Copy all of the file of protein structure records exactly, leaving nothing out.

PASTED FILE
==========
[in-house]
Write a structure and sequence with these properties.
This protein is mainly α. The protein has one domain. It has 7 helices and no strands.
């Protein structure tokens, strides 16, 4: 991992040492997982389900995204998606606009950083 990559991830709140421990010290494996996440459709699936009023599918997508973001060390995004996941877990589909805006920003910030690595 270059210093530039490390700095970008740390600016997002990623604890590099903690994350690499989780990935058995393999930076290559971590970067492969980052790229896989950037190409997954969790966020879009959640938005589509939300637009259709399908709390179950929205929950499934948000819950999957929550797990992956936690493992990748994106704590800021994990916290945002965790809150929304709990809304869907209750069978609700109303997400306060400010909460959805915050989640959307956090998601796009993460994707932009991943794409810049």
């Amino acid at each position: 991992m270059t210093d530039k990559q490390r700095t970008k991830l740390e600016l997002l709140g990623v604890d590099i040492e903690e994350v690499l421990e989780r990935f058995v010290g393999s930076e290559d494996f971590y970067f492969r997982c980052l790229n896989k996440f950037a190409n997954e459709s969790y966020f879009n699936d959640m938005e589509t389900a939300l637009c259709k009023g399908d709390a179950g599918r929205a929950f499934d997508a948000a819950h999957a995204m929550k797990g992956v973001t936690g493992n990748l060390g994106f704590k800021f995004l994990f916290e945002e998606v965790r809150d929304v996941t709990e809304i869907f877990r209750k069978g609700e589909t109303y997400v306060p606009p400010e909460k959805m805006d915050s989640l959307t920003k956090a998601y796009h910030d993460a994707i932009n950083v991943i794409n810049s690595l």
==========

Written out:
[in-house]
Write a structure and sequence with these properties.
This protein is mainly α. The protein has one domain. It has 7 helices and no strands.
């Protein structure tokens, strides 16, 4: 991992040492997982389900995204998606606009950083 990559991830709140421990010290494996996440459709699936009023599918997508973001060390995004996941877990589909805006920003910030690595 270059210093530039490390700095970008740390600016997002990623604890590099903690994350690499989780990935058995393999930076290559971590970067492969980052790229896989950037190409997954969790966020879009959640938005589509939300637009259709399908709390179950929205929950499934948000819950999957929550797990992956936690493992990748994106704590800021994990916290945002965790809150929304709990809304869907209750069978609700109303997400306060400010909460959805915050989640959307956090998601796009993460994707932009991943794409810049």
């Amino acid at each position: 991992m270059t210093d530039k990559q490390r700095t970008k991830l740390e600016l997002l709140g990623v604890d590099i040492e903690e994350v690499l421990e989780r990935f058995v010290g393999s930076e290559d494996f971590y970067f492969r997982c980052l790229n896989k996440f950037a190409n997954e459709s969790y966020f879009n699936d959640m938005e589509t389900a939300l637009c259709k009023g399908d709390a179950g599918r929205a929950f499934d997508a948000a819950h999957a995204m929550k797990g992956v973001t936690g493992n990748l060390g994106f704590k800021f995004l994990f916290e945002e998606v965790r809150d929304v996941t709990e809304i869907f877990r209750k069978g609700e589909t109303y997400v306060p606009p400010e909460k959805m805006d915050s989640l959307t920003k956090a998601y796009h910030d993460a994707i932009n950083v991943i794409n810049s690595l």